“Unable to quickly extract the seven-figure payout he expects, [Ozsu’s] lawyers … have turned what should be a dispute settled according to the law into a multi-national media circus,” the owner’s complaint said as it pointed to news coverage, such as an April article in the New York Post.

“Defendants [Bailey and his law firm] have taken the disreputable practice of holding out for payouts to new lows” while resorting to “extra-judicial channels,” the suit further claimed.

But last month, Manhattan Supreme Court Justice Sabrina Kraus dismissed the action against Bailey handily, while taking apart the alleged legal claims for abuse of process and tortious interference with economic advantage.

“In the case at bar, defendants [Bailey and his firm] were acting to zealously represent their client and not solely to harm plaintiff, and plaintiff has failed to allege any business relationship that was interfered with,” Kraus wrote in her decision.

In turn, though, Y. David Scharf, the well-respected Morrison Cohen litigator and chair of the firm, who’s represented the building owner in the litigation, quickly filed an appeal of Kraus’ decision.

Then Bailey, always primed for a fight, soon cross-appealed in the action, which he has called “deplorable.” In his cross-appeal, he cited New York state’s anti-SLAPP statute and asked for attorney fees and sanctions.

And while those actions and battles have been pushing forward, the original holdover eviction action lodged against Ozsu in housing court has been proceeding, too.

And it appears the housing action has been leading the way, as other courts sit tight and wait for its result.

In its stay-ruling issued on Tuesday in the $25 million action levied against Ozsu, the Appellate Division, First Department court affirmed that Kraus had been right to act sua sponte, or on her own initiative, when she stayed that lawsuit earlier this year.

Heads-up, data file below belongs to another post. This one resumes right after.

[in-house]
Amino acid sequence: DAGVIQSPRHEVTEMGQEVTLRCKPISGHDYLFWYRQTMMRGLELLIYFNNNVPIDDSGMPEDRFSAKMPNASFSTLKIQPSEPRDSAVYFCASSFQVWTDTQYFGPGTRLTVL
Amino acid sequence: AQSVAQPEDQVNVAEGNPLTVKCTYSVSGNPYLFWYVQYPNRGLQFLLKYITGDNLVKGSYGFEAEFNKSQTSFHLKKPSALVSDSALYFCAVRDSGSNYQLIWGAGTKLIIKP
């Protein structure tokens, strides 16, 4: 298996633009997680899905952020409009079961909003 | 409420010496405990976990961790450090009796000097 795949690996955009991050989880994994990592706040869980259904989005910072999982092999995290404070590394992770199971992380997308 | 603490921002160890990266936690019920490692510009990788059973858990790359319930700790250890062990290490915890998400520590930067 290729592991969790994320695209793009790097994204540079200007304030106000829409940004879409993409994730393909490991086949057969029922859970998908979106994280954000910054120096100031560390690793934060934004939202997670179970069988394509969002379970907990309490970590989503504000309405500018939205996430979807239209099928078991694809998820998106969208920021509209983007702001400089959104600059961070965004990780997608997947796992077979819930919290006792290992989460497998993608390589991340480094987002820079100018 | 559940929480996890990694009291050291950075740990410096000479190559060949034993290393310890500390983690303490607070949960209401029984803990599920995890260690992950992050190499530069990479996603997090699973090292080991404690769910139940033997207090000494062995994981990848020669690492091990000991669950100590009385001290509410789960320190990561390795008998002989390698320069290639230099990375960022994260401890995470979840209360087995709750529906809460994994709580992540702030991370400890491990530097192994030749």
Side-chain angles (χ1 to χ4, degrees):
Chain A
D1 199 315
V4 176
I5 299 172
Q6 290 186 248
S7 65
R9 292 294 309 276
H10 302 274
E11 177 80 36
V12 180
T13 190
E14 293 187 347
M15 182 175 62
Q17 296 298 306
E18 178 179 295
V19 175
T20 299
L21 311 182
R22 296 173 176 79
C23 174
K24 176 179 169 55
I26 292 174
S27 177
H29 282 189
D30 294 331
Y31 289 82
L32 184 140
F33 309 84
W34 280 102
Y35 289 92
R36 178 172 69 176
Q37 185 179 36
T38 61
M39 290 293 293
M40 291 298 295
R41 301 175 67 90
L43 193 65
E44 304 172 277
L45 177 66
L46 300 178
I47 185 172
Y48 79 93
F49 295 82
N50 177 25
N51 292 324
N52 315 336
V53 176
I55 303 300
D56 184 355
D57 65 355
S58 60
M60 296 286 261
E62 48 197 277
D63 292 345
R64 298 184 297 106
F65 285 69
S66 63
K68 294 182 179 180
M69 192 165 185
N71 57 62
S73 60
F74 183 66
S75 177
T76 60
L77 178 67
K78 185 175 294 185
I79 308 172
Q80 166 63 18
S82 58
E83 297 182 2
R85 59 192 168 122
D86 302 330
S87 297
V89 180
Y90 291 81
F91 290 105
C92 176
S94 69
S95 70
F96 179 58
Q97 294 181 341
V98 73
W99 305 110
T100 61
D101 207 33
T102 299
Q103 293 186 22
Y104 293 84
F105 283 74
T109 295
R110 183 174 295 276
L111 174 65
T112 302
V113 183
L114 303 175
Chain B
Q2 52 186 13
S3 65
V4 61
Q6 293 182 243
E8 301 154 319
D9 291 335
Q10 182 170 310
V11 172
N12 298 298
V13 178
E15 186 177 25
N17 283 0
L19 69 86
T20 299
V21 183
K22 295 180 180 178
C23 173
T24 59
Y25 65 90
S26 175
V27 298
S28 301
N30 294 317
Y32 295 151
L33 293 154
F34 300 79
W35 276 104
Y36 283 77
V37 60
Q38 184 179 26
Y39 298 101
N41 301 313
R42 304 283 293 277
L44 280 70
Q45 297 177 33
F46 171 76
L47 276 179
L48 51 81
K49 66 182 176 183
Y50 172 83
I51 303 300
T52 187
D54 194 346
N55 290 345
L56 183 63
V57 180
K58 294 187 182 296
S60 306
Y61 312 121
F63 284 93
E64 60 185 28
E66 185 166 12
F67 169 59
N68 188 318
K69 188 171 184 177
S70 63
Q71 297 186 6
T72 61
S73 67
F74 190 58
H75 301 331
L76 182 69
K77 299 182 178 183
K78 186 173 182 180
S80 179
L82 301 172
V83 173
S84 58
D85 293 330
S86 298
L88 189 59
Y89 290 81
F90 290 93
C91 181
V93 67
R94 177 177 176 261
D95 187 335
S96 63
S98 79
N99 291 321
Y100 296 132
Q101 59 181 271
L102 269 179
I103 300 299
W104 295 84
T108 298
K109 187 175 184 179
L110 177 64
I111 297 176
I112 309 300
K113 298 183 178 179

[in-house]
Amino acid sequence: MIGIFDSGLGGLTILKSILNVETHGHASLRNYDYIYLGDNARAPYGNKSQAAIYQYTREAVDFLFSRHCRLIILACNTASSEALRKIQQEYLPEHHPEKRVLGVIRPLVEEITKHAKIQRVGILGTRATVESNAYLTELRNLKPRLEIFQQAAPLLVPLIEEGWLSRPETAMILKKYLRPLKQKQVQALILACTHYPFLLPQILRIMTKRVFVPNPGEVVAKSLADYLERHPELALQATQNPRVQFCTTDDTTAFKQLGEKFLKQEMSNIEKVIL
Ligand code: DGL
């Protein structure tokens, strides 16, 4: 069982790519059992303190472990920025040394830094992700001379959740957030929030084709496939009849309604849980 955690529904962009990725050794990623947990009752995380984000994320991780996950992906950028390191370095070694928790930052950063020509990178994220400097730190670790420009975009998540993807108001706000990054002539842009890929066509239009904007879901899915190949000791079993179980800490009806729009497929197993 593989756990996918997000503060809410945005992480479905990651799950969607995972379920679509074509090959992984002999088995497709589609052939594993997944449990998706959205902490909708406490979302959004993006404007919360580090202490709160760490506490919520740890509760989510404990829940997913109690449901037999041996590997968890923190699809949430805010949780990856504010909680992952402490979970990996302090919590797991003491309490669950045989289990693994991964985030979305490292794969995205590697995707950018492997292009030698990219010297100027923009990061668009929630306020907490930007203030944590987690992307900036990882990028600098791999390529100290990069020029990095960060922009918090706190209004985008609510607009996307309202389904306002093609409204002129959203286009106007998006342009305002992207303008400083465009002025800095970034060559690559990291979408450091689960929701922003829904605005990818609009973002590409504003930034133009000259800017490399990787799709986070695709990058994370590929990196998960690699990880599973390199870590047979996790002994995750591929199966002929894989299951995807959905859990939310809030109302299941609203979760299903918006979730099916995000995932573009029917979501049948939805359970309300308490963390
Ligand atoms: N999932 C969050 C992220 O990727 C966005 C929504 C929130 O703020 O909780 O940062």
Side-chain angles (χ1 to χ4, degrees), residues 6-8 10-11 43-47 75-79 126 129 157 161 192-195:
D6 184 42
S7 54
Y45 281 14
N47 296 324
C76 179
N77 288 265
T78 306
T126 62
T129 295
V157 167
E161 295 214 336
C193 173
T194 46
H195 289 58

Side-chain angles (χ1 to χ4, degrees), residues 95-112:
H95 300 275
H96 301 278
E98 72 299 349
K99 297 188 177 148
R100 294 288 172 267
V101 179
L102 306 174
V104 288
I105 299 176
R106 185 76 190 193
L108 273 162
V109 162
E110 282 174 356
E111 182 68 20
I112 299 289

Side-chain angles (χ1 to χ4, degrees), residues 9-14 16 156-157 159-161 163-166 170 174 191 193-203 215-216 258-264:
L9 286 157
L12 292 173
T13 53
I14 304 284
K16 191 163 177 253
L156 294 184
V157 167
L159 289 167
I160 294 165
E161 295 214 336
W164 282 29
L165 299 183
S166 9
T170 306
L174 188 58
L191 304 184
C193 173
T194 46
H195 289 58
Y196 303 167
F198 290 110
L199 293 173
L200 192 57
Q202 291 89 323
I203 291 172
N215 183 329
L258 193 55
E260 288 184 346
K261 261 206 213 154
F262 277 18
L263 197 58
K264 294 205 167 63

“We find that Supreme Court did not abuse its discretion in granting a stay of the Supreme Court action based upon its determination that the resolution of the parties’ holdover proceeding will limit the issues to be resolved in this action,” a five-justice panel of the First Department wrote.

“As the Supreme Court found,” the panel said, “the first-in-time holdover proceeding involves the same parties and both proceedings require the resolution of questions arising from defendant’s occupancy of the apartment, such that a stay was appropriate.”

Scharf declined to comment on the litigation and legal battles involving his client and Ozsu and Bailey.

Bailey on Thursday continued to blast away at all the legal actions that have been taken by the Naftali Group and the 84th Street building owner against his client and him.

“All these claims are pure bullying and harassment that causes us to spend an incredible number of hours in legal services, and worry and sweat by our client,” he complained as his voice rose.

Then he added, in a calmer tone, “We are happy with the decision” to continue the stay in the $25 million suit against Ozsu.

“And for everyday that our client gets to be in possession without harassment and while having peaceful habitability,” he said, “our firm is very happy.”